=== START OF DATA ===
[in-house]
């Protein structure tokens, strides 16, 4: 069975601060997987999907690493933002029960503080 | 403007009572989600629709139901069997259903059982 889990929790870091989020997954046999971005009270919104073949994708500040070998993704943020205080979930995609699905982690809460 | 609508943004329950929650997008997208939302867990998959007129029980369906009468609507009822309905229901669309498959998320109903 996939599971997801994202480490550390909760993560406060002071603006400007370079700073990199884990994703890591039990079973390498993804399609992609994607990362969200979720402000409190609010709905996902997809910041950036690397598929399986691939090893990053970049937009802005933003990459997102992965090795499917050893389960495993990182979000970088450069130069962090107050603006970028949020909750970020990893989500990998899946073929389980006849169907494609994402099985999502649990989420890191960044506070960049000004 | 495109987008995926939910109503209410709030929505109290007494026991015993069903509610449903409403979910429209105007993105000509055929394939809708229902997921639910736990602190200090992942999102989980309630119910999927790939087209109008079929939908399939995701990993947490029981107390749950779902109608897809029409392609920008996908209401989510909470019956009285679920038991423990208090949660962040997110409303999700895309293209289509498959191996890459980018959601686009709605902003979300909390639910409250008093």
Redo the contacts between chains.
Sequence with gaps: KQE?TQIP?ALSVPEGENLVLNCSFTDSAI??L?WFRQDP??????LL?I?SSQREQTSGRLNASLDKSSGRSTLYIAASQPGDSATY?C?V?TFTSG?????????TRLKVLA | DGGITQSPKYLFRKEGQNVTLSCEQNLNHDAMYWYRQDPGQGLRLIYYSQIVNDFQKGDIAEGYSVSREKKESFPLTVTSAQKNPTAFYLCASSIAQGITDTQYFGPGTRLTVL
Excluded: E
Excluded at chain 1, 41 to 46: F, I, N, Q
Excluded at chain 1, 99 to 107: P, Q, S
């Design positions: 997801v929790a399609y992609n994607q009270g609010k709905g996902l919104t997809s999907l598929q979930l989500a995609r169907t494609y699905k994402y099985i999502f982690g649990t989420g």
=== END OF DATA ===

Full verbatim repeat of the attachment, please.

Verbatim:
[in-house]
């Protein structure tokens, strides 16, 4: 069975601060997987999907690493933002029960503080 | 403007009572989600629709139901069997259903059982 889990929790870091989020997954046999971005009270919104073949994708500040070998993704943020205080979930995609699905982690809460 | 609508943004329950929650997008997208939302867990998959007129029980369906009468609507009822309905229901669309498959998320109903 996939599971997801994202480490550390909760993560406060002071603006400007370079700073990199884990994703890591039990079973390498993804399609992609994607990362969200979720402000409190609010709905996902997809910041950036690397598929399986691939090893990053970049937009802005933003990459997102992965090795499917050893389960495993990182979000970088450069130069962090107050603006970028949020909750970020990893989500990998899946073929389980006849169907494609994402099985999502649990989420890191960044506070960049000004 | 495109987008995926939910109503209410709030929505109290007494026991015993069903509610449903409403979910429209105007993105000509055929394939809708229902997921639910736990602190200090992942999102989980309630119910999927790939087209109008079929939908399939995701990993947490029981107390749950779902109608897809029409392609920008996908209401989510909470019956009285679920038991423990208090949660962040997110409303999700895309293209289509498959191996890459980018959601686009709605902003979300909390639910409250008093």
Redo the contacts between chains.
Sequence with gaps: KQE?TQIP?ALSVPEGENLVLNCSFTDSAI??L?WFRQDP??????LL?I?SSQREQTSGRLNASLDKSSGRSTLYIAASQPGDSATY?C?V?TFTSG?????????TRLKVLA | DGGITQSPKYLFRKEGQNVTLSCEQNLNHDAMYWYRQDPGQGLRLIYYSQIVNDFQKGDIAEGYSVSREKKESFPLTVTSAQKNPTAFYLCASSIAQGITDTQYFGPGTRLTVL
Excluded: E
Excluded at chain 1, 41 to 46: F, I, N, Q
Excluded at chain 1, 99 to 107: P, Q, S
């Design positions: 997801v929790a399609y992609n994607q009270g609010k709905g996902l919104t997809s999907l598929q979930l989500a995609r169907t494609y699905k994402y099985i999502f982690g649990t989420g």